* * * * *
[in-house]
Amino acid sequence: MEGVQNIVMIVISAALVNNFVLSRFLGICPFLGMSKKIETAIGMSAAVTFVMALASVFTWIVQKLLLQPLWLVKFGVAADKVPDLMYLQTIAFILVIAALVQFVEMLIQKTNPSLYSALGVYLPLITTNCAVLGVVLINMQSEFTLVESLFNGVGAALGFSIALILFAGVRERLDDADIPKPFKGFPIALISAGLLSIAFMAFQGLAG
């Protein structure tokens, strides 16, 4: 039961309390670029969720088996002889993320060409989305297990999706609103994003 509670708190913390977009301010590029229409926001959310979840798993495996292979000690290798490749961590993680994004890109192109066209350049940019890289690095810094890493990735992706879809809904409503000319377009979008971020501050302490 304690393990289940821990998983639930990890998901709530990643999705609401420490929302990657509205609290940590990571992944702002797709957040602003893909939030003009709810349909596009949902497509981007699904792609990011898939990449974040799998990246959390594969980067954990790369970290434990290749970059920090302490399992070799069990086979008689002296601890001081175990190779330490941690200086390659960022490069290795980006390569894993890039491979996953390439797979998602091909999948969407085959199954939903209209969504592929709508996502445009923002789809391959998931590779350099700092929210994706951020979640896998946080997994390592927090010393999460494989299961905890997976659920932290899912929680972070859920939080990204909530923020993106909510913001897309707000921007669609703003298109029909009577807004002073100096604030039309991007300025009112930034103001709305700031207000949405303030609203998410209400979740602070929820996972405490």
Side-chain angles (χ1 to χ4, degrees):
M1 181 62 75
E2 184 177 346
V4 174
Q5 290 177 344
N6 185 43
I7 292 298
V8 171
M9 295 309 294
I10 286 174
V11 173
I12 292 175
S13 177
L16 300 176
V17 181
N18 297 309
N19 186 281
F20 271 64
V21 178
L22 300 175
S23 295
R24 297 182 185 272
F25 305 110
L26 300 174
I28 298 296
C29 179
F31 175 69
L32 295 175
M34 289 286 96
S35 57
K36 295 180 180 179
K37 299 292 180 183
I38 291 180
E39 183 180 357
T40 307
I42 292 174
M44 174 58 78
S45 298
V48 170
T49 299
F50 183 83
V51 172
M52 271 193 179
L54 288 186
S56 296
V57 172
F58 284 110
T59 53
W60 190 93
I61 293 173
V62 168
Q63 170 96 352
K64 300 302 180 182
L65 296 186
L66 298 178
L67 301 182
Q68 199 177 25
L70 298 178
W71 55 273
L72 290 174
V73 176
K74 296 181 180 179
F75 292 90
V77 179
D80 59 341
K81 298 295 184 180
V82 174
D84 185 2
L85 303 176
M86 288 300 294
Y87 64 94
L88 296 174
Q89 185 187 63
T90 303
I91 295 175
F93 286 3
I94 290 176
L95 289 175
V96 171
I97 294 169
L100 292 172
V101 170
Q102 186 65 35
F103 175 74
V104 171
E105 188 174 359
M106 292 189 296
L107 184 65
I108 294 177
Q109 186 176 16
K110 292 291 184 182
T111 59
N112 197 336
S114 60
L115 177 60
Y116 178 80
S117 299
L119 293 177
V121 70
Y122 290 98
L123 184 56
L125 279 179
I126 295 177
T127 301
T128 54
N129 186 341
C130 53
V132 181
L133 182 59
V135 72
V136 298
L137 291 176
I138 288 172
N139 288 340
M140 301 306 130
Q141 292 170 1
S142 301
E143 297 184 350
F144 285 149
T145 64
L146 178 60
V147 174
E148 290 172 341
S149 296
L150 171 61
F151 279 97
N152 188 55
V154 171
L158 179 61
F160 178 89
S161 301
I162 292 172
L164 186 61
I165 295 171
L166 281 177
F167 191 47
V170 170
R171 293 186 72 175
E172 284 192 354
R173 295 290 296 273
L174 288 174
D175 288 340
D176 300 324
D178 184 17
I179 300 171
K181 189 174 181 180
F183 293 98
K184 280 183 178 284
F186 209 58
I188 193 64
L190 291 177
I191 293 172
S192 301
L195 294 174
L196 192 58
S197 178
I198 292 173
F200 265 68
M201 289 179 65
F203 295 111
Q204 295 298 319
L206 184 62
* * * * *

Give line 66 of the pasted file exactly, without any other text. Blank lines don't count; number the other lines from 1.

F75 292 90